Well, frankly, as Stranger On A Train notes, the polling companies have really struggled with the decline in land-line phones, and with ensuring that newer methodologies (cell phones, online surveys) are representative. (Non-political market research, which is my field, has suffered from the same challenges.) Getting a representative, accurate sample was certainly an issue even back when 95+% of households had a land line (and were willing to answer their phones), but it’s a much, much bigger issue now.

Gallup, a research and consulting company whose name has been synonymous with political polls for decades, used their political polls as a way to build recognition of their company’s name, so that they could sell other sorts of polling and surveying to clients. But, they’ve been stepping back from political polling for several years, because of the rapid increase in the difficulty of being able to run representative, accurate polls.

And, as 538 will frequently note, there are a lot of political polls out there, and quite a few of them suffer from poor quality (and some of them are likely to be intentionally biased).

Years ago in the malls they would have these people out doing polling or asking them to try various products. With the demise of malls that has gone away.

Do some cities have street corner polling?

Get yourself a New Hampshire area code for your cell phone and you will become quite popular during presidential primary season.

“Mall Intercept” testing was largely (if not entirely) market research studies (i.e., research among consumers for products and services), not political polling. It’s not that malls have entirely died (though certainly some have), but the bigger issue for researchers is that the cross-section of people who regularly go to shopping malls has become even less representative of the general population than it was before.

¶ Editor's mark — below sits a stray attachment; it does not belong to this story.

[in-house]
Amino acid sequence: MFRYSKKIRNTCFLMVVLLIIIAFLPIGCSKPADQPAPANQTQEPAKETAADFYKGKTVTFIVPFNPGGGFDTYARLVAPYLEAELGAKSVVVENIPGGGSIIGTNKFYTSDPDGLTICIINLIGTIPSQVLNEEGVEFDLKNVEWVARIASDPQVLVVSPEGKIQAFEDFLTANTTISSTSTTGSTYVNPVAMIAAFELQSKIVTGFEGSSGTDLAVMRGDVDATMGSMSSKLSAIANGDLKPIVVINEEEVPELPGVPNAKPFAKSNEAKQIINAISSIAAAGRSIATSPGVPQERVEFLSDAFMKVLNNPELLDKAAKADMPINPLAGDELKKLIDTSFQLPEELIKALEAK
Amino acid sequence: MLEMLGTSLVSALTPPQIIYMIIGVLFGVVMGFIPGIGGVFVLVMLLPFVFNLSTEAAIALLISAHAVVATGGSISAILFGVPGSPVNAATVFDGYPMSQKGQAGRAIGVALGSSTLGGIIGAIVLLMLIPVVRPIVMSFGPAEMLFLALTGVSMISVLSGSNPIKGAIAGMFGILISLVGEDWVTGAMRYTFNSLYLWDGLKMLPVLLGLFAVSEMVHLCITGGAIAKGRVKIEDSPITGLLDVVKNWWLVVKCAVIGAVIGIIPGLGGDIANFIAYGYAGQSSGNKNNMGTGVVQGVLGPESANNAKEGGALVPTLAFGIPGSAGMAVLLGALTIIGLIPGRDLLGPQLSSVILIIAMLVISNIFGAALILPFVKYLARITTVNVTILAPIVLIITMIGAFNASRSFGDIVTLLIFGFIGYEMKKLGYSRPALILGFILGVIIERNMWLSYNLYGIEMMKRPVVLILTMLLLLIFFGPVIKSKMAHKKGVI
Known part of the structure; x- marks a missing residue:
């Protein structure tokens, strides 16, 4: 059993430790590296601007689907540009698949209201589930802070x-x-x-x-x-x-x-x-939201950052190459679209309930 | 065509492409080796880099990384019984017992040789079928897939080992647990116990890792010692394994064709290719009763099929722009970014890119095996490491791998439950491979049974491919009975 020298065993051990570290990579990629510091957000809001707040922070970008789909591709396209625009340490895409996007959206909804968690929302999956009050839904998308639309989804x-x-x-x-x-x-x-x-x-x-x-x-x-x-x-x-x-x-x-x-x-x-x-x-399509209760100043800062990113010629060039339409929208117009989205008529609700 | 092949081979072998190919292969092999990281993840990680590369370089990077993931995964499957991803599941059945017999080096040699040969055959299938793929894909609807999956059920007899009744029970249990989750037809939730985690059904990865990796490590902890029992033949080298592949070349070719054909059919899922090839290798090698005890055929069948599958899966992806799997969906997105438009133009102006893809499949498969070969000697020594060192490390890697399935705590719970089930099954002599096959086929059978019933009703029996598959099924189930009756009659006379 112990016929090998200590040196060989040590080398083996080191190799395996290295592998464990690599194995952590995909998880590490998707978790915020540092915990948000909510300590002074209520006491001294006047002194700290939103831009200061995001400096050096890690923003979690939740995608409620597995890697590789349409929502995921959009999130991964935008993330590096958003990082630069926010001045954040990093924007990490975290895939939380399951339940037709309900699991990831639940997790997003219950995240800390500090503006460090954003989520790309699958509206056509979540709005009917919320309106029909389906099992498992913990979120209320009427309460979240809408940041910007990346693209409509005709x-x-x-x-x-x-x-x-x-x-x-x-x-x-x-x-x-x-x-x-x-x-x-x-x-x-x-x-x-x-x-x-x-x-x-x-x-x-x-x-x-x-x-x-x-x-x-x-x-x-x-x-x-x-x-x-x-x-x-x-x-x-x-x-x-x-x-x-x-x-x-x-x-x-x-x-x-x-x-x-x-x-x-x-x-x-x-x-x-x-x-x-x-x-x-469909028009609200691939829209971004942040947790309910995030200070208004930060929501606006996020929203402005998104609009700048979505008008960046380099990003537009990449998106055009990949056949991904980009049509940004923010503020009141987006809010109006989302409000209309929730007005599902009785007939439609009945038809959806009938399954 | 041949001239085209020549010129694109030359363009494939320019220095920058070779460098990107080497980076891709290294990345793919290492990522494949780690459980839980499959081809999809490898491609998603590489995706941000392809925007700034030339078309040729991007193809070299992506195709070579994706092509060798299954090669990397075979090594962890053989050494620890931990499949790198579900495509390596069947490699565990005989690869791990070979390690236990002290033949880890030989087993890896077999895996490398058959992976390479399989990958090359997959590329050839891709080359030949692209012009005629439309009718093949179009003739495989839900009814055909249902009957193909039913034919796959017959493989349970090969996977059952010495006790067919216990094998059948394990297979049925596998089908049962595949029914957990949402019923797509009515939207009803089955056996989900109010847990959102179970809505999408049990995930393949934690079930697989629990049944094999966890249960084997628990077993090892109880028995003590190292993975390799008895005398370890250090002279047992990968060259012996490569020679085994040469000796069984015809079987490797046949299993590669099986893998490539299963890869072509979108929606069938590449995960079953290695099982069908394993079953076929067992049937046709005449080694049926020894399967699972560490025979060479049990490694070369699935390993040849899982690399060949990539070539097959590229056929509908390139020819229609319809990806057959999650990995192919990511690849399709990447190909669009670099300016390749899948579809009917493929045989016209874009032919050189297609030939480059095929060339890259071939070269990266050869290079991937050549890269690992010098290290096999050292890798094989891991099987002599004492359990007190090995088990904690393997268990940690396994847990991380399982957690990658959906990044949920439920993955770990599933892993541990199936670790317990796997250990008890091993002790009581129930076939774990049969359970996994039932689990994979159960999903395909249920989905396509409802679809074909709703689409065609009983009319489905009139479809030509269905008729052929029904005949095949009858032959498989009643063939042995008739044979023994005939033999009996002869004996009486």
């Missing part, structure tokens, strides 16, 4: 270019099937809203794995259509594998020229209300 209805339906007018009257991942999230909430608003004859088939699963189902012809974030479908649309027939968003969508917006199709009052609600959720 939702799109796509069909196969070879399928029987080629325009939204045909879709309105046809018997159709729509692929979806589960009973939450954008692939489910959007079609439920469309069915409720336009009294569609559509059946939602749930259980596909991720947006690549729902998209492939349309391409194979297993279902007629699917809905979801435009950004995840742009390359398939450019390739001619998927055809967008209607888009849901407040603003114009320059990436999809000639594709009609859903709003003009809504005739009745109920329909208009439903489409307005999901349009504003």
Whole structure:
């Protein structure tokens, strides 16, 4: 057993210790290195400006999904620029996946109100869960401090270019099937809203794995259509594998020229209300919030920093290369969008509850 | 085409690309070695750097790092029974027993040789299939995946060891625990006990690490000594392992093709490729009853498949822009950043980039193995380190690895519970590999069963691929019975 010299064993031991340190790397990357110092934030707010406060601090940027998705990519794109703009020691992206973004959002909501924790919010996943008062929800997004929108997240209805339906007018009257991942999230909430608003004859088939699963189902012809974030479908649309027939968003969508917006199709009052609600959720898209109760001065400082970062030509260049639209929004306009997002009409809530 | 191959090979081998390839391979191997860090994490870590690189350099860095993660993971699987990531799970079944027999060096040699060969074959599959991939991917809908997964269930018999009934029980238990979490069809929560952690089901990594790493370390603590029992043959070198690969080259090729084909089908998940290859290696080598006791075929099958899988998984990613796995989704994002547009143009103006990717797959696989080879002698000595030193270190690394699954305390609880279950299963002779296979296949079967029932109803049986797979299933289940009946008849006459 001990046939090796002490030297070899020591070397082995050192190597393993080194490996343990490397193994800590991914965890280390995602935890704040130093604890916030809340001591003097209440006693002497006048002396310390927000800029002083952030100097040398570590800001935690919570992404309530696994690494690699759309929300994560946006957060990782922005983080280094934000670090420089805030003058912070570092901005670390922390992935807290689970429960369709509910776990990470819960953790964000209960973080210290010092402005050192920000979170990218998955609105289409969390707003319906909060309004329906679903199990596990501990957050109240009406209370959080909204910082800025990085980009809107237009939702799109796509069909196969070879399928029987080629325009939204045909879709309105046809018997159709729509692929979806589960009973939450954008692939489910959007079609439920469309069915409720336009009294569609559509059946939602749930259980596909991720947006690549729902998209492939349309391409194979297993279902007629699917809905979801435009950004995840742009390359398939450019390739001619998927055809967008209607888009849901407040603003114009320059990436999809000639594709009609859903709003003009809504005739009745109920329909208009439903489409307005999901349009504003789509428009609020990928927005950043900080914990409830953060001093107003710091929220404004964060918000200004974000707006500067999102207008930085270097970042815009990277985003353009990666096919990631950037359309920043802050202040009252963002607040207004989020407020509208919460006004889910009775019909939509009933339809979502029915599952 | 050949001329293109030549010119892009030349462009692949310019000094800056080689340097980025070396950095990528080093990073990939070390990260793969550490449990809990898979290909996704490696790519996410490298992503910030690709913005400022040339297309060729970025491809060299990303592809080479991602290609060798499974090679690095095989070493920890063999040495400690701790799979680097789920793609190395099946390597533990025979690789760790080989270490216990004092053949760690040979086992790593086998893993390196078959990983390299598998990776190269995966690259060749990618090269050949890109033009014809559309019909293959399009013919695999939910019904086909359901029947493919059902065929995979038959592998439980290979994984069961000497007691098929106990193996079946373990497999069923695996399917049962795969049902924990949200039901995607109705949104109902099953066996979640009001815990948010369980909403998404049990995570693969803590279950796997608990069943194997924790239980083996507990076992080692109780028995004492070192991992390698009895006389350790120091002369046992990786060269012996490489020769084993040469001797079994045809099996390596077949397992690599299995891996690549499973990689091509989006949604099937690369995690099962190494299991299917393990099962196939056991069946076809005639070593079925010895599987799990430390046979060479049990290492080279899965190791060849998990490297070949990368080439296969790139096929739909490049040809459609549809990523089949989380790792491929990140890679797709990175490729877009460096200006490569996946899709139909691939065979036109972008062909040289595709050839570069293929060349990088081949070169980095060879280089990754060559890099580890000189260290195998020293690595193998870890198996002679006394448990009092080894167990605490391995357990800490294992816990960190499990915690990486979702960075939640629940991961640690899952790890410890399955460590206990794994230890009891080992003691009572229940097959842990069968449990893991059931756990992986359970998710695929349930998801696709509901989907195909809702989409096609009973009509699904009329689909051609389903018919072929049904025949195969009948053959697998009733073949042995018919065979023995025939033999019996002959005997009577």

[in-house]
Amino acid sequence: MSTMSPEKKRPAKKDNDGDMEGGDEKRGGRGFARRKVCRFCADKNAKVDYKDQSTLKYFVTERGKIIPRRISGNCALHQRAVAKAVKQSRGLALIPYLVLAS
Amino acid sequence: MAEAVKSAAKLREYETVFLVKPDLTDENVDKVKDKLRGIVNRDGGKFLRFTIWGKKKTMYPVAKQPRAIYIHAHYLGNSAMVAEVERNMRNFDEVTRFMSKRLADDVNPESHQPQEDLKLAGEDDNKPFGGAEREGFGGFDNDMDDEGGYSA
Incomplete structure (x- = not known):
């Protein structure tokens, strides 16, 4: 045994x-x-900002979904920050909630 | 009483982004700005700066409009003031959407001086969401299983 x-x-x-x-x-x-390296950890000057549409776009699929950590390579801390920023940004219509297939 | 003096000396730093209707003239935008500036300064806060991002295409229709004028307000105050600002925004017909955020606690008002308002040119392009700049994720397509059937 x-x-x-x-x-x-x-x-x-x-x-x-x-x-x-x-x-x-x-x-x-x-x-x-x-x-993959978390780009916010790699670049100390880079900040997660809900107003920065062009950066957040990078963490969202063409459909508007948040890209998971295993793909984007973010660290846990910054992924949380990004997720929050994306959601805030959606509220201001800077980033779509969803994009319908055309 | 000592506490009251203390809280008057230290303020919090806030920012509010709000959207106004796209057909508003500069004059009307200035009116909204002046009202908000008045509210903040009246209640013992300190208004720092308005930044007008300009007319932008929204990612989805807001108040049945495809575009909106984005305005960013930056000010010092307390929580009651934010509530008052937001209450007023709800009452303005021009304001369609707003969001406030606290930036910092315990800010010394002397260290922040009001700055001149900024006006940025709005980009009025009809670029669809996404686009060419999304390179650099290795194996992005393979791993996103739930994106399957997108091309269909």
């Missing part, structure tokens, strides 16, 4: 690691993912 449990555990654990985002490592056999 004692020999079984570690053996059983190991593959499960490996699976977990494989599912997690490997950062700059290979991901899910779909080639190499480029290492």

Even when shopping malls were more popular among consumers, most political pollsters didn’t use them for their polls, as telephone studies were still generally held to be the gold standard for representative sampling.

As mall intercept testing declined, the market research industry largely moved to online tests. For the relatively small proportion of market research studies which require face-to-face interaction between respondents and researchers (such as testing food products), there are “central location” facilities which conduct these studies (in my previous job, our company ran such a facility).

Mostly, polls have gotten worse.

There were a few decades where

  1. Almost every household had exactly one home phone and
  2. People there would answer it and talk to you if you called it!

So getting a random sample by calling phone numbers was possible.

Both of those things have changed. Lots of people don’t have a landline any more, and lots of people won’t bother talking to people who call them. The polling companies can use models of which sorts of people have which phones, or respond to internet polls, or whatever, but none of that is as good as getting a real random sample.

An important component in understanding the accuracy of a poll when you know you’re not starting from a simple random sample is being able to compare the characteristics of the people answering the poll against the general population. We need Census data to be able to do that, so Americans, please do your part and complete your Census form in 2020.